Environmental Factors and Epigenetics
Autism is usually described in terms of behaviors, such as abnormal and repetitive movements, difficulties in producing speech, and other manifestations of impaired executive planning and motor control. These behaviors are thought to reflect underlying disconnections in the nervous system.
The causes of autism are obscure. Twin studies suggest a genetic component, thought to occur in two varieties, hereditary and ‘sporadic’ (arising in the germ line), but not with 100% phenotypic concordance for monozygous twins. Autism appears to be on the increase and affects males much commonly more than females. It is highly heterogeneous with seemingly large differences in language ability, immunological robustness, motor planning, gastro-intestinal dysfunction, and artistic and social expressiveness. Fundamental developmental processes, perhaps impacted at different points of time and in different cell-types, appear to have gone awry, leaving not a diseased or degenerative state, but possibly a new kind of organizational condition that needs to be addressed with unique biomedical approaches.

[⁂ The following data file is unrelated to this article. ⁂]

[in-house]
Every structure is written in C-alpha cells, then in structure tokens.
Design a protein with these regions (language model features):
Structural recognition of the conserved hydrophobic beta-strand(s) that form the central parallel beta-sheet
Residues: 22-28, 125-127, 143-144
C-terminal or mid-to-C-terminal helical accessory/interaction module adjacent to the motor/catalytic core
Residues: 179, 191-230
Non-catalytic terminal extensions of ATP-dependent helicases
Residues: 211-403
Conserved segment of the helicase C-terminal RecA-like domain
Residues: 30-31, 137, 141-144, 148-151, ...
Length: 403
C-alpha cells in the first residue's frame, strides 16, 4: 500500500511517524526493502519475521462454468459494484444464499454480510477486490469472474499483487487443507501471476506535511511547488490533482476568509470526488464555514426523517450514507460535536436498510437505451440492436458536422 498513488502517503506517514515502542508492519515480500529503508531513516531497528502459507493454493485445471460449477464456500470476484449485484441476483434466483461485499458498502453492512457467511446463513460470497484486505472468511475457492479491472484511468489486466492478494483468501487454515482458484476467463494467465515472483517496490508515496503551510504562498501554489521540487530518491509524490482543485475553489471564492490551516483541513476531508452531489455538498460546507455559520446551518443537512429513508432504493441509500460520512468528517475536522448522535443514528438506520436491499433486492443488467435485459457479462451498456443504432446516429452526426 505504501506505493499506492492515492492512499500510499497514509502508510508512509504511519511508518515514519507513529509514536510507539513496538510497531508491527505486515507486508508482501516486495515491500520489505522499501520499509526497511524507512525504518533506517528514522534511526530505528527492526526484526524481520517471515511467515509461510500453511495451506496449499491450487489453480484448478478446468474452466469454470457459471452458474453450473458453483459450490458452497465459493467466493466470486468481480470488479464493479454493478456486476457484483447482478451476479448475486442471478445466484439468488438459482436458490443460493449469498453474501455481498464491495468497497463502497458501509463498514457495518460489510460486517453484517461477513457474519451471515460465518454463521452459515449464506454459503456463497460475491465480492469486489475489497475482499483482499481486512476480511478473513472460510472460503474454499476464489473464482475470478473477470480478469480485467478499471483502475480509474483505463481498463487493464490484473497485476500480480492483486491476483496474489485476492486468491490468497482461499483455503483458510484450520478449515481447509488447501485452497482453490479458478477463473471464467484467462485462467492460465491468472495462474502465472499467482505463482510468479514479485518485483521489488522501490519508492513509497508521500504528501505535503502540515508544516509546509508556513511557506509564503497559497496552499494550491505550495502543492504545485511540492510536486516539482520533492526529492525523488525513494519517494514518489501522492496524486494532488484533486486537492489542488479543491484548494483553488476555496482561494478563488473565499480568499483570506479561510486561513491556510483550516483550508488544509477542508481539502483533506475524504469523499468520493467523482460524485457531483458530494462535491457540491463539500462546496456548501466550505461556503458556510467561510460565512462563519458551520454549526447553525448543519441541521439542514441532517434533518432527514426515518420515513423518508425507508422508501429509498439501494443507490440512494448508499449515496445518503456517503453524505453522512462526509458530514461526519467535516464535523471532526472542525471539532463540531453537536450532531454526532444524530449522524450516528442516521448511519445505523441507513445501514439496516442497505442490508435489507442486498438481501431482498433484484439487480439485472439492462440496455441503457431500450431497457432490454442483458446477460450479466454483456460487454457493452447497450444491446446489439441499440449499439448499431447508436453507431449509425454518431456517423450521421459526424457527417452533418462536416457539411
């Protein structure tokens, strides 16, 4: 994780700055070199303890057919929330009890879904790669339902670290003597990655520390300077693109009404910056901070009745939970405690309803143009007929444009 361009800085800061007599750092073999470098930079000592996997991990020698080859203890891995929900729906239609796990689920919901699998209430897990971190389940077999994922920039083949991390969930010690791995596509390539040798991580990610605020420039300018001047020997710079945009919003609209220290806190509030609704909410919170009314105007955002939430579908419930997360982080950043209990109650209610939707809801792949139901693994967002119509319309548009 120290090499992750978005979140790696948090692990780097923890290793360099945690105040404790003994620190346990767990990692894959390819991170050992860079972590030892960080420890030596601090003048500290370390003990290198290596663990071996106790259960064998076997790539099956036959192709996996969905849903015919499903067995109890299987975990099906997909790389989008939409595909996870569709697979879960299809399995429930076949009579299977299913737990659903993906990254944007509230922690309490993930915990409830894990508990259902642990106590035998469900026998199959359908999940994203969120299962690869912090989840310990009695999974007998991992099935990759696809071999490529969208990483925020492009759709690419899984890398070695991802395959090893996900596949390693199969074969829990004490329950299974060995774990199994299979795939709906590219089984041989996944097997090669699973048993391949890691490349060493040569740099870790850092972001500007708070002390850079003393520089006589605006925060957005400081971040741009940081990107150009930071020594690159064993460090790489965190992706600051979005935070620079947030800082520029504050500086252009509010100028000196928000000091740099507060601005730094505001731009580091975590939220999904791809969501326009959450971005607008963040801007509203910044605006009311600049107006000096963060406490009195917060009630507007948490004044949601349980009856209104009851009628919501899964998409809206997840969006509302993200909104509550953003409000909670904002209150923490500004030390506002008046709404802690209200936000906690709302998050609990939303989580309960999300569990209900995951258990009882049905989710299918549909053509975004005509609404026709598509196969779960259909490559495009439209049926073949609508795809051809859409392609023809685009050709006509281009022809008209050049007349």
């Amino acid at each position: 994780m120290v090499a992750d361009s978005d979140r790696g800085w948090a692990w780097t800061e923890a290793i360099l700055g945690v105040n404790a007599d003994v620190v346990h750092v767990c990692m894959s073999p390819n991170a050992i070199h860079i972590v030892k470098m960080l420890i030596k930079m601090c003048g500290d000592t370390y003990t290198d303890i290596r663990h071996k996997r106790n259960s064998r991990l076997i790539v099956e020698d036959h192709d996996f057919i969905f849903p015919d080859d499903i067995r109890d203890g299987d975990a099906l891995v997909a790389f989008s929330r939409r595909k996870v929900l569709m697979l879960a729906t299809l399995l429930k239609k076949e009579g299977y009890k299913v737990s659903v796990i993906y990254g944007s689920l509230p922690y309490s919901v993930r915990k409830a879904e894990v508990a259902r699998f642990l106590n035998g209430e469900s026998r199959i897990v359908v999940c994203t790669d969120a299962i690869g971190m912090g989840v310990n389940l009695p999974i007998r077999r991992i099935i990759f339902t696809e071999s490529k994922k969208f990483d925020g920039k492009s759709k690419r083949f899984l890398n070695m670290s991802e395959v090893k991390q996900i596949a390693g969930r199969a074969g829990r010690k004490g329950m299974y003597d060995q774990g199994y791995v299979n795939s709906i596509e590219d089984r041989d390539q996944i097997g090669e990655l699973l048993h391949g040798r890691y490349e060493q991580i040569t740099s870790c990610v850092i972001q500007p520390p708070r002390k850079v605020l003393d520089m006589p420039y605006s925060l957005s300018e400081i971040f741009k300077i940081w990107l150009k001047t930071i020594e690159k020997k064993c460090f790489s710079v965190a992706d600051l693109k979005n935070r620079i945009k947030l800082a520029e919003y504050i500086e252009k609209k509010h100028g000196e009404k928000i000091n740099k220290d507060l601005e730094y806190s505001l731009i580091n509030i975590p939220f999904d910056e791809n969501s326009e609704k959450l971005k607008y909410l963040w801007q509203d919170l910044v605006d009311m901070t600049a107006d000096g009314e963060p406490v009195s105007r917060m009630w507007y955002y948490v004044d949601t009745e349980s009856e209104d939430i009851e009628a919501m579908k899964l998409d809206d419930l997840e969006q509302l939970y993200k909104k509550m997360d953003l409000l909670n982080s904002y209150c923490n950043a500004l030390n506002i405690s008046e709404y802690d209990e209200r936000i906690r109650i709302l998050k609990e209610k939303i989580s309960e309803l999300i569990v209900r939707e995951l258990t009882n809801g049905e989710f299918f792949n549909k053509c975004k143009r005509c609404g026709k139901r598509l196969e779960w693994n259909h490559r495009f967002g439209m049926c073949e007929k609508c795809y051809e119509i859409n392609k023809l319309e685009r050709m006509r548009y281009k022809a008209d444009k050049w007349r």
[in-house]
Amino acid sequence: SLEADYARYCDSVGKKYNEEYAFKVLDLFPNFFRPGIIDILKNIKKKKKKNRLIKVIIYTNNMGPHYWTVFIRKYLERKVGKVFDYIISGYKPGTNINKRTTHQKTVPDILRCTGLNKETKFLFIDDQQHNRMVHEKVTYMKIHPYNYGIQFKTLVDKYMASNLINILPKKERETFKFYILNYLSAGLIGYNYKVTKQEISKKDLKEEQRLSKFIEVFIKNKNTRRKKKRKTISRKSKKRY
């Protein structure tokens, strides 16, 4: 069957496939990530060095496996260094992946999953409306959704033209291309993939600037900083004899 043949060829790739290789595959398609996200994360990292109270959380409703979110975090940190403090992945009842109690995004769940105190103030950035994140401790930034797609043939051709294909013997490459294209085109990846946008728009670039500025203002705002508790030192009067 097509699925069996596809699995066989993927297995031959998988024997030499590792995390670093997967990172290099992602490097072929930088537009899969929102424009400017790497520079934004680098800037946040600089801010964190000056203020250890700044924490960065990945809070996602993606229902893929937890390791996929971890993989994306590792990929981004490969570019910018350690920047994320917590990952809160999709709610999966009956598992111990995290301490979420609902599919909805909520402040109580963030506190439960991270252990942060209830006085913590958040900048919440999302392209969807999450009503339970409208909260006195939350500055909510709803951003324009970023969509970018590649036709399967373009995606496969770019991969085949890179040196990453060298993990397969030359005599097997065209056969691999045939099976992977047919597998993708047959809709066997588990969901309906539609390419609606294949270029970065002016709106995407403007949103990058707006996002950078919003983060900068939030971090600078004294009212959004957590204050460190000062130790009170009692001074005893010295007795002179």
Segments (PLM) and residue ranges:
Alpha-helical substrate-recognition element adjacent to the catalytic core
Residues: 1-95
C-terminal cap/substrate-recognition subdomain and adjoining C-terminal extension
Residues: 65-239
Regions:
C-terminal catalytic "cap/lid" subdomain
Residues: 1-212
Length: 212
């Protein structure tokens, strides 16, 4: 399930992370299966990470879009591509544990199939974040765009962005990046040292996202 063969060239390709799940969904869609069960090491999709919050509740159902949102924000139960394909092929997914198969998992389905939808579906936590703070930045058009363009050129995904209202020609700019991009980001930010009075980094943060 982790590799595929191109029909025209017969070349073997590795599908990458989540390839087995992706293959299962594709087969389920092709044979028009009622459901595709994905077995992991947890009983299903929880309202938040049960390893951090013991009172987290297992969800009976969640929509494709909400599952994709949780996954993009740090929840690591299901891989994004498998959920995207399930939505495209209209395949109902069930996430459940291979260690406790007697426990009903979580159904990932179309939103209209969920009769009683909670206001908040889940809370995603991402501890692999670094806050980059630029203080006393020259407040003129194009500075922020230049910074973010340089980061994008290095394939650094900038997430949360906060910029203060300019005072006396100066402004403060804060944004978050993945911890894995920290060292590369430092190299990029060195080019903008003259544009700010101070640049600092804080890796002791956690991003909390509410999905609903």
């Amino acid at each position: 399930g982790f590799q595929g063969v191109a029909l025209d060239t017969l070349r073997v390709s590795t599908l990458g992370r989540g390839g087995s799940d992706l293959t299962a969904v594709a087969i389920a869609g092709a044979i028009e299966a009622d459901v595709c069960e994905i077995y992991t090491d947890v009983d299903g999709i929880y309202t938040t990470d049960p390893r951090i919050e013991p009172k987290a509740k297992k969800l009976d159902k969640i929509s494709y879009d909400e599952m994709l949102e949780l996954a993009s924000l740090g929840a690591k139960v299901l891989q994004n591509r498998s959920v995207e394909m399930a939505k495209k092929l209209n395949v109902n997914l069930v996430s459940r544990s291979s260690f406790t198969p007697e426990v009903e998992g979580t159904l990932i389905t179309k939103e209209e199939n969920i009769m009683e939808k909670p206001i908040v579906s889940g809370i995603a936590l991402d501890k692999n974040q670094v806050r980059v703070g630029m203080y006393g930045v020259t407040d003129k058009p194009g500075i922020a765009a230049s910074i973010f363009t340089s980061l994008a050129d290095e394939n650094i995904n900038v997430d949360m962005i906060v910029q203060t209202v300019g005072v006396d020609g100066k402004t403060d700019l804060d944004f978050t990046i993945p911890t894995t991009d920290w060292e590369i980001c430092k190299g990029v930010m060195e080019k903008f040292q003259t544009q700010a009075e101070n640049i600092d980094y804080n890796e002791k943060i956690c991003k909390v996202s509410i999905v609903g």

There is growing awareness that even small amounts of organic compounds, used in packaging, pest control, cosmetics, and hundreds of other every day applications, might affect neural and reproductive development. However, even if true, establishing any or several of these as proximal causes seems, at best, remote, especially on a case-by-case basis with a highly diverse population. The explosive growth in our knowledge of chromatin remodeling and its central importance for understanding cell fate determination, as well as the development of high density platforms for mapping epigenetic marks, opens up the possibility of using cohorts of identical twins with autism to correlate differences in these marks with finer phenotypic variation.
Matthew Anderson, MD, Ph.D., Beth Israel Deaconess Medical Center
Epigenomic Approaches to the Interplay of Genetics and Epigenetics
Andrew Chess, MD, Massachusetts General Hospital
Al Galaburda, MD, Beth Israel Deaconess Medical Center
Matthew Goodwin, Ph.D., MIT Media Lab
Novel Designs to Study the Impact of Environmental Exposures on Pregnancy: Case Example of Bisphenol A
Russ Hauser, Sc.D., MD, Harvard School of Public Health
Martha Herbert, MD, Ph.D., Massachusetts General Hospital
Tal Kenet, Ph.D., Massachusetts General Hospital
Minding the Ca2+ store: Gene x Environment Interactions Relevant to Autism and Related Neurodevelopmental Disorders
Isaac N. Pessah, Ph.D., UC Davis/MIND Institute
T.C. Theoharides, Ph.D., M.D., Tufts University School of Medicine
Simple Biosensors to Detect Endocrine Active Compounds: Application to ASD Targets
David Wood, Ph.D., Ohio State University
The Nancy Lurie Marks Family Foundation, Wellesley , MA
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